Silent Wonder

     In June of 1947, Kenneth Arnold, a civilian pilot and businessman, on a business flight from Chehalis to Yakima, Wash., reported seeing nine objects flying at a high rate of speed over Washington’s Mount Rainier.  The objects were glowing bright blue-white and were traveling between 1,200 and 2,000 kilometers per hour at the time of the sighting.  They were of crescent shape and estimated to be 140 to 280 feet in length.  The length was determined by the collaboration of other observers who viewed the objects from the ground looking up.  Continue reading “Silent Wonder”

Bombs to Biodiversity

ammunitions maintenance building

     Loring Air Force base was originally named Limestone Army Air Field, located in northern Maine in Limestone, not far from the Canadian border.  In 1954, President Eisenhower presented the widow of Major Charles Joseph Loring, Jr., USAF, with his Medal of Honor and announced that the new Air Force Base in Maine would be named in his honor for his noble spirit, superlative courage and conspicuous self-sacrifice.  Major Loring was killed instantly when he maneuvered his damaged aircraft into enemy artillery batteries at Sniper Ridge, North Korea, saving countless numbers of United Nations ground forces. Continue reading “Bombs to Biodiversity”

Haunted Campus

St John’s School.

     It’s most likely only a few of our current UMPI students know about our haunted campus.  Where the University of Presque Isle now stands was once known as St. John’s Episcopal Secondary School for Boys.  It was established in 1884 and consisted of three buildings: the chapel, gymnasium and drill hall.  It was created for preparation for college or scientific school or to study any profession or business life.  When it opened its doors, it had about 80 students and closed in 1896. Continue reading “Haunted Campus”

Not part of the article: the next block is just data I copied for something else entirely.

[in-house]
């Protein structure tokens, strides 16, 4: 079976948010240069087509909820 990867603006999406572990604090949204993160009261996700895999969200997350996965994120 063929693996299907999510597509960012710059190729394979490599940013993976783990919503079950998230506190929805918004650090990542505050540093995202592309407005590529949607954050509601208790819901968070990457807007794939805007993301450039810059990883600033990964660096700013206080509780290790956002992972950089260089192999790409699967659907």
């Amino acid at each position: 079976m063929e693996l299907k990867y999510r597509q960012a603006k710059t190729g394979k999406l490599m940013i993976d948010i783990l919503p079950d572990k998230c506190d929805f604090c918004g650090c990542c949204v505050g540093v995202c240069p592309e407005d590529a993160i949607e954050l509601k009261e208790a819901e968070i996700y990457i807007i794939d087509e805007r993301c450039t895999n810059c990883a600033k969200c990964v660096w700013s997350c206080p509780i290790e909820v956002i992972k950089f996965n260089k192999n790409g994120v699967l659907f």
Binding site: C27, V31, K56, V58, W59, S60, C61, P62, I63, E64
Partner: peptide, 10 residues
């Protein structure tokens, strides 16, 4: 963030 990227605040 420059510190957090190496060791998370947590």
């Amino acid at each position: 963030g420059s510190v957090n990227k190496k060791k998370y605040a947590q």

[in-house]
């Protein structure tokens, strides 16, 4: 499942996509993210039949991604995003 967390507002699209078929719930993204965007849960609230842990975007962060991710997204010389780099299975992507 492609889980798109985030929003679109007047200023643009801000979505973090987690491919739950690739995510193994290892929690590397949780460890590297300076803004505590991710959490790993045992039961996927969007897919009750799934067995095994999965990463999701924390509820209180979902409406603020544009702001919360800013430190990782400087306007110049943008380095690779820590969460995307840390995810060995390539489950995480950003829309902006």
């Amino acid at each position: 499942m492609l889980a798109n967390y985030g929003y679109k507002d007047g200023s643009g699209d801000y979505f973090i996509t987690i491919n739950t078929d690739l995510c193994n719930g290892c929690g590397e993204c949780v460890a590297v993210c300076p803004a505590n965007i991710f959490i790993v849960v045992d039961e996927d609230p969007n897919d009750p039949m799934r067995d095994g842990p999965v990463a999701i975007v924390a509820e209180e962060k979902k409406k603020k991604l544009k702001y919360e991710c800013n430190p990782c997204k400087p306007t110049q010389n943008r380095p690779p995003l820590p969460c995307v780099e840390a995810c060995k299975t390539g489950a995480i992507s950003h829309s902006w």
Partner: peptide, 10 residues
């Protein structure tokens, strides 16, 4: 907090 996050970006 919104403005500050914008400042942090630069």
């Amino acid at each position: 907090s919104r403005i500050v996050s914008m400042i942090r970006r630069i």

World War II German POWs in Maine

POWs in the Woods

    Following the D-Day invasion, thousands of German troops were captured and taken prisoner in Normandy.  Because of housing shortages in Britain, the United States was asked to assist in with the overflow of POWs.  Due to the Geneva Convention, troops had to volunteer, for they could not be placed in harm’s way without their consent.  German U-boats were still in the waters from Liverpool to New York and were capable of sinking the troop carriers that were bringing the German soldiers to the United States. Prisoners were asked to volunteer and serve out the remainder of the war in the United States. Continue reading “World War II German POWs in Maine”

The Pulitzer Photojournalists and Photographs

Elian Gonzales Raid Alan Diaz

    A group of Marines, carefully working together, side by side, raising the United States flag as it blows fiercely in the wind, upon a mountain of rumble and rock.  Victory is seen and the strength of unity emerges from the stillness of the moment. (Marines planting the American flag on Mount Suribachi on Iwo Jima, 1945 Pulitzer Prize, Photography, Joe Rosenthal of Associated Press.) Continue reading “The Pulitzer Photojournalists and Photographs”

Spring Powwow

Rosalie LaBillois

    Native Voices is a club that promotes Native American awareness within UMPI and the local community.  The club is open to all students who are interested in the Native American culture.  Native Voices president, Anna Saucier, wants to make some positive changes within the club.  One of those changes will alter what was known as Native American Appreciation Day. Continue reading “Spring Powwow”